What Is HR Employment Law?

Most things in life come with a rulebook that must be followed, and HR is no exception. HR, short for Human Resources, is a department that must operate within a framework of regulations to ensure the smooth sailing of an organisation.

Responsible for managing employees, HR oversees various operations including recruitment, training, payroll, legal compliance, and workplace safety. Acting as intermediaries between employees and employers, HR professionals ensure a harmonious relationship, supported by laws designed to safeguard both parties’ interests.

Employment laws are what can foster this contented and compliant workplace environment. Curious to know more? Let’s take a closer look.

What Is Employment Law?

HR employment law is, in itself, a vast subject. But to strip it down to the basics, employment law is essentially a body of laws and regulations that govern the rights of everybody who works relevant in all working relationships.

These rights will change according to your employment status, primarily if you’re an employee, worker, or employer. Self-employed people are also entitled to employment law, though individuals in this bracket have the least protection.

Most of these rights are compulsory by law and cover various aspects of employment, including recruitment, working conditions, wages, benefits, termination, and workplace rights.

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Why Is Employment Law Important?

To understand how important it is for HR to properly implement employment law, just envision the following scenario: Picture a world where employers have unchecked authority over employees and where there are no repercussions for their actions.

Essentially, this would be a world devoid of legal safeguards for employees.

One can quickly understand from this scenario just how important employment law is and, subsequently, the significant responsibility that falls on the HR department to adhere to and implement it.

How Does HR Deal With Employment Law?

HR typically shoulders the responsibility of implementing employment law within organisations. Of course, it’s important to note that not all organisations will have a dedicated HR department, particularly in the case of startups and smaller organisations, necessitating someone to assume this duty.

Employment law is also enforced by legal professionals, and anybody who works must gain a good understanding of their employment status so they can understand their rights. However, employment law and its compliance in the workplace is generally a responsibility that falls under the umbrella of HR duties.

As employment law is such a vast subject, let’s examine some key examples of how HR may deal with employment law within an organisation:

HR may, for instance, ensure an organisation is complying with regulations regarding the terms and conditions of employment contracts, including hours of work, holiday entitlement, and notice periods.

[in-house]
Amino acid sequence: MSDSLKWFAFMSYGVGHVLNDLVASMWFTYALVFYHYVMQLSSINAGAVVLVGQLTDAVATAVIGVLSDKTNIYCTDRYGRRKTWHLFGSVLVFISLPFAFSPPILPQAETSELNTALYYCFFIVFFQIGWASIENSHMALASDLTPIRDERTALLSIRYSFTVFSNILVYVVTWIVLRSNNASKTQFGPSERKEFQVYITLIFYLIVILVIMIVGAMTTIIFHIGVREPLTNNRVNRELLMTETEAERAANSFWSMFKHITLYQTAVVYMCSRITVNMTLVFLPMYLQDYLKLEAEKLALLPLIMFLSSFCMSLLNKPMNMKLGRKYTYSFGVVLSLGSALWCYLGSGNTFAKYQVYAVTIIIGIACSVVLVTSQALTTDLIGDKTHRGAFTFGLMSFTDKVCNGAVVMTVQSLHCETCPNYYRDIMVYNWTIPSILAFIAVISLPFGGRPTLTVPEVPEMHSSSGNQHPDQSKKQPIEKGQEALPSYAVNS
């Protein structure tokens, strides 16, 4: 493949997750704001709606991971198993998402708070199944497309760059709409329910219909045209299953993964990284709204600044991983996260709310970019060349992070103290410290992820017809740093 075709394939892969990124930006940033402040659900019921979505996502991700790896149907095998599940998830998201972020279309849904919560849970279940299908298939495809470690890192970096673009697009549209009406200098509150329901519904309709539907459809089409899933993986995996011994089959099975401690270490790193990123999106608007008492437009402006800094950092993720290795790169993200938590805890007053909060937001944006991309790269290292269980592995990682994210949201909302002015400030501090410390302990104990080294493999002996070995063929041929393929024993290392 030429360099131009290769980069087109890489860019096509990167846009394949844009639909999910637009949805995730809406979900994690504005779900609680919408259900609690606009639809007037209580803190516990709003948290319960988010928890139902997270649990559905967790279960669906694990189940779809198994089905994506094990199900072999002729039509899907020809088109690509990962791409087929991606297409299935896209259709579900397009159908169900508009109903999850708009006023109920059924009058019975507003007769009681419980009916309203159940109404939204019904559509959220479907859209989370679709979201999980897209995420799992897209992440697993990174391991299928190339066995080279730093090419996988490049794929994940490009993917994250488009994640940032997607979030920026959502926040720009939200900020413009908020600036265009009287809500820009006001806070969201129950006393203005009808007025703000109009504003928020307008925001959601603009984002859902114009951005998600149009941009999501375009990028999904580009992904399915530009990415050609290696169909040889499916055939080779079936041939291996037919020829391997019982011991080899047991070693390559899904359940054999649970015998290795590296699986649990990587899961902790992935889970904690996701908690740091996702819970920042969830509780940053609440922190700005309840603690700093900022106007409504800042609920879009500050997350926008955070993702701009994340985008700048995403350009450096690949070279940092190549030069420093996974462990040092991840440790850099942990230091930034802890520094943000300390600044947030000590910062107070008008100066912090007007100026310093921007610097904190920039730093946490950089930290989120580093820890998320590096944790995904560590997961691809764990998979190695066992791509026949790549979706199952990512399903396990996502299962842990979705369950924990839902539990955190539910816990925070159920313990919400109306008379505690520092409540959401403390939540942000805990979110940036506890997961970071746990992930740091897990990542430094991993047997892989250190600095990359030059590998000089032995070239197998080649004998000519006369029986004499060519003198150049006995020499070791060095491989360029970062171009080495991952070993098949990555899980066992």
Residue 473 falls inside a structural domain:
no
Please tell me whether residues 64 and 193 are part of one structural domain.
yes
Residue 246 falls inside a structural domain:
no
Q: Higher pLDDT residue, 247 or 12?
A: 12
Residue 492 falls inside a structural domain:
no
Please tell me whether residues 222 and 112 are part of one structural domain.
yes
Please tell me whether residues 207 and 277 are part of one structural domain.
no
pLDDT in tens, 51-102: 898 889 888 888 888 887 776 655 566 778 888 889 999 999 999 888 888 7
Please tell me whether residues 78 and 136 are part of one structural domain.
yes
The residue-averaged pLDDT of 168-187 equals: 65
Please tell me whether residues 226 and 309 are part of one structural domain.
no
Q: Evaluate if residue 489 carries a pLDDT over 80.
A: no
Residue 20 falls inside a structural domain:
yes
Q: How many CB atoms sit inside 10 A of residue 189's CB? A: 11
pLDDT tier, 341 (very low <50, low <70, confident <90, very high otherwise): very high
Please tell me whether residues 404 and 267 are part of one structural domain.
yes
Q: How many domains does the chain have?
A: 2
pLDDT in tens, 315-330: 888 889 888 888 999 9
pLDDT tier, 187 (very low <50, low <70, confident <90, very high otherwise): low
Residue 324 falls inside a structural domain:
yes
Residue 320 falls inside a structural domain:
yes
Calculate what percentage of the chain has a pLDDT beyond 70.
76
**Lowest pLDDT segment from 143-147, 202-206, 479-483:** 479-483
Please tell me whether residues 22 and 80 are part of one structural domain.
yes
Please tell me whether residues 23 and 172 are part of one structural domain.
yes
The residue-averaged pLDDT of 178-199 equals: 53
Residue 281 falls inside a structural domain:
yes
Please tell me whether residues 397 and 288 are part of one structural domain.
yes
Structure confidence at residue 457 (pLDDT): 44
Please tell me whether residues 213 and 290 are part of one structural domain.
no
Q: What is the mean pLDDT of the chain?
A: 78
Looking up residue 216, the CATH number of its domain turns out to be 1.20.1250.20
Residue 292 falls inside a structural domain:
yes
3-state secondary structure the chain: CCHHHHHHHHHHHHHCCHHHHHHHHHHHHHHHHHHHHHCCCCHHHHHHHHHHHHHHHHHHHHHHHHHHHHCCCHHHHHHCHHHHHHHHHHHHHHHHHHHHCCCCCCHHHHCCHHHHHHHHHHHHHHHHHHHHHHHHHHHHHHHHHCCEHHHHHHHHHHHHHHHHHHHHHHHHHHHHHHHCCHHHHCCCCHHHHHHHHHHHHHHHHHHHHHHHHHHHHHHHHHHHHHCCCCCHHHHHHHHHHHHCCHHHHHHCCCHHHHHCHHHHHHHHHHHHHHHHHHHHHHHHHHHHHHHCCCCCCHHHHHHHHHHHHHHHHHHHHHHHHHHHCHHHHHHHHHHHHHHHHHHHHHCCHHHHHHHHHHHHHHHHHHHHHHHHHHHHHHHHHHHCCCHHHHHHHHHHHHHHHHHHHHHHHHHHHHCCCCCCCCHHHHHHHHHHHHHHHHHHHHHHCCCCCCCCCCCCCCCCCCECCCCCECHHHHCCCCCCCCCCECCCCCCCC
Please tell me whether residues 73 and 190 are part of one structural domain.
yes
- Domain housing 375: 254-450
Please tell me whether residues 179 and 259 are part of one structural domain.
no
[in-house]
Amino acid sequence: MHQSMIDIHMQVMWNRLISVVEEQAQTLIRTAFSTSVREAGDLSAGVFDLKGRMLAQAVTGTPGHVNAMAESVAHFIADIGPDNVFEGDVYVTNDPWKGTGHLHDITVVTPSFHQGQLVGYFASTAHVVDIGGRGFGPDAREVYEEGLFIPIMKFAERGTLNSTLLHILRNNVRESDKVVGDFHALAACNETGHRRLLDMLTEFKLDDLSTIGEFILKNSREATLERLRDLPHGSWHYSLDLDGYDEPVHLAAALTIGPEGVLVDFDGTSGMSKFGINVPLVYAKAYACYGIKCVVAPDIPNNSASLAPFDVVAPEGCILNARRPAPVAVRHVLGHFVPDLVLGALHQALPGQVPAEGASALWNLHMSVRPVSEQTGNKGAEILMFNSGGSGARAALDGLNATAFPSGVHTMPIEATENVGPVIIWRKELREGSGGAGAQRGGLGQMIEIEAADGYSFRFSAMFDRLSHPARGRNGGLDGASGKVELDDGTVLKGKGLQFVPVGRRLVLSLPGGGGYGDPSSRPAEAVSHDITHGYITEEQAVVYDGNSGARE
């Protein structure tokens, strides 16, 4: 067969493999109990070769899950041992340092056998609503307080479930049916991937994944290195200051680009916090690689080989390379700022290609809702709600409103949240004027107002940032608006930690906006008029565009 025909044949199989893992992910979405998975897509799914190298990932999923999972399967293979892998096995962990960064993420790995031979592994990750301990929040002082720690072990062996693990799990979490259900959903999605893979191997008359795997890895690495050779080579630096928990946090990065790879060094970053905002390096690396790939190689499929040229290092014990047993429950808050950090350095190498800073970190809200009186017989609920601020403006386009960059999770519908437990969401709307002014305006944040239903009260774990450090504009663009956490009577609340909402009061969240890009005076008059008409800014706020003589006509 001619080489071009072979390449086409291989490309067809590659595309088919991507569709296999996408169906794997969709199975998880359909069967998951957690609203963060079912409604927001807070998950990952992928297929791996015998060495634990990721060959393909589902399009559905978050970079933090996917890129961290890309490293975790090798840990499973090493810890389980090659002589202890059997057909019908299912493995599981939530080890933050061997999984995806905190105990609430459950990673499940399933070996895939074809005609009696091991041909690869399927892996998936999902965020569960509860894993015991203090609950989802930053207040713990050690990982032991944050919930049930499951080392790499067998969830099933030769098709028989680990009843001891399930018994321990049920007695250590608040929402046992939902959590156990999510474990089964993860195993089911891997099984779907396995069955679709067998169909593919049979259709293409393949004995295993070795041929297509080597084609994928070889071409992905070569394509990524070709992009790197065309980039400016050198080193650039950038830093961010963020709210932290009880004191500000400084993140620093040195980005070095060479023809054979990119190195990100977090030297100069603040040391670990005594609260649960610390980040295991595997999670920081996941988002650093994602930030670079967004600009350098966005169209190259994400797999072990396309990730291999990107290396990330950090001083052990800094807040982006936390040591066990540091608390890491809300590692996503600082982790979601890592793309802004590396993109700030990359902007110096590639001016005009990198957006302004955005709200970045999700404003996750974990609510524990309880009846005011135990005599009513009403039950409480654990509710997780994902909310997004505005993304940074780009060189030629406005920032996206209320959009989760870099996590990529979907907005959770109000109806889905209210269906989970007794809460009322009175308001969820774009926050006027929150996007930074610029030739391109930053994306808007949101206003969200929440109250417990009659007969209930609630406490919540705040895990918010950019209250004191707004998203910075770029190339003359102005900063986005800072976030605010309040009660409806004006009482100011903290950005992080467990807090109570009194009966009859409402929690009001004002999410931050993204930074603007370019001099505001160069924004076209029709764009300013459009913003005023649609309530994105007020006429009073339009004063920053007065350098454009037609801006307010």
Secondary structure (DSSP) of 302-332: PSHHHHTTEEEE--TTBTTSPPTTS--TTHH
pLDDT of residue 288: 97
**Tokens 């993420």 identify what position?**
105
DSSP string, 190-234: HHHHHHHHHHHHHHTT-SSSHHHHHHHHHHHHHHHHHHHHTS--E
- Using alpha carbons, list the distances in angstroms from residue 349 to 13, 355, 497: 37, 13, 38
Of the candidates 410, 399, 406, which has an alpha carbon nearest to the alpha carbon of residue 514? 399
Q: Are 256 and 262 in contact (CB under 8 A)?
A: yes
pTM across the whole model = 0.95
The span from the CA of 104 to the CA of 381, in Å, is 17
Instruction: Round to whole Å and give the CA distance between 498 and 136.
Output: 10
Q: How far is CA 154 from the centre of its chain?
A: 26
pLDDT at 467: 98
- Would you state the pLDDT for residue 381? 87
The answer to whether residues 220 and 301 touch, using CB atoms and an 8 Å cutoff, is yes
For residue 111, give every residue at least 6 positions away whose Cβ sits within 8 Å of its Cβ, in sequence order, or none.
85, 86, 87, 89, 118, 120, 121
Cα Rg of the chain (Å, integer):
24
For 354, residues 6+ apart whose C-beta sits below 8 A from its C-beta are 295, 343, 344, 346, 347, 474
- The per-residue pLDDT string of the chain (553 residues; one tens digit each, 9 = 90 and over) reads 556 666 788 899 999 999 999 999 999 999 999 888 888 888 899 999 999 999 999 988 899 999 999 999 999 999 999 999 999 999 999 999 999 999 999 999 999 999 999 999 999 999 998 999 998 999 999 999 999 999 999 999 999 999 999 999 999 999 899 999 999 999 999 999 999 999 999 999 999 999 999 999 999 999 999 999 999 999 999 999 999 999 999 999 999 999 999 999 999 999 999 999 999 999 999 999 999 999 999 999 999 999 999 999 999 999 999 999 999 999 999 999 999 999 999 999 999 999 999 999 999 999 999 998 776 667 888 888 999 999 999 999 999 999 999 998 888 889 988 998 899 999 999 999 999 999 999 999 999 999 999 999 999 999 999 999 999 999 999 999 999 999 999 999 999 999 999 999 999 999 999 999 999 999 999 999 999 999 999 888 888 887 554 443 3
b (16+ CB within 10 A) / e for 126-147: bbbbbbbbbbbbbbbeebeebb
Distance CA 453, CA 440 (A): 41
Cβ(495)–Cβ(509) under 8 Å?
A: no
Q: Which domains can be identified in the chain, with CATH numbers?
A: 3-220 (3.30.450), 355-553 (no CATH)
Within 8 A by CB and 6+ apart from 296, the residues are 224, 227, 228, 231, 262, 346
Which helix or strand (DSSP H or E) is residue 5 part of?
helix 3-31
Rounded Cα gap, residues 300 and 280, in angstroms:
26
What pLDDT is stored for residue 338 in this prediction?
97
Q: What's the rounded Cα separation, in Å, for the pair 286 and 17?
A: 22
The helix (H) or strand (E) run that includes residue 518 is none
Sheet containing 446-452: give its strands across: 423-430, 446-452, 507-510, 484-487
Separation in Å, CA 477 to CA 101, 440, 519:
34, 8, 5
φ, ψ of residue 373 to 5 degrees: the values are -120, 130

They may also ensure laws prohibiting discrimination on the grounds of age, gender, race, disability, sexual orientation, religion, or beliefs are being consistently kept, while also ensuring workplace safety measures are upheld for a secure work environment.

HR will likely oversee an organisation’s compliance with minimum wage regulations and monitor adherence to guidelines on maximum working hours, rest breaks, and annual leave.

HR will also manage proper procedures for employees facing redundancy or dismissal, facilitate maternity and paternity leave, and clarify laws regarding employees’ rights to join trade unions.

Throughout all of this, it is the job of HR professionals to stay on top of changes and updates to employment law to ensure that their organisations remain compliant and consistently treat employees fairly and legally.

To make all this a little easier, many HR professionals rely on software to ease the burden and streamline their tasks. Companies that offer effective HR software include:

  1. Rippling
  2. Deel
  3. BrightHR

Employment Law In The UK

Now we have a clear understanding of what employment law is, HR’s role in implementing it and why this is so important, it’s time to delve into the specifics of employment law in the UK.

In the UK, employment law serves as a cornerstone of our organisational structure. The Employment Rights Act of 1996 is what provides the fundamental framework for most of the rights and protections that govern our workplaces today.

Section 230 of this Act defines an employee’s place in the legislation, offering a straightforward definition that anyone uncertain about their status can refer to.

You may be thinking, “1996, that seems like a while ago – shouldn’t employment law evolve to keep pace with changing times?” And indeed, it should.

Thankfully, employment law does. While upholding the standards established by the Employment Rights Act of 1996, the courts ensure that flexibility is built into the system, allowing employment law to adapt to contemporary work practices.

As a result, employment law remains current and relevant, even as the UK’s work landscape and HR duties evolve, ensuring the safety, support, and security of workers everywhere.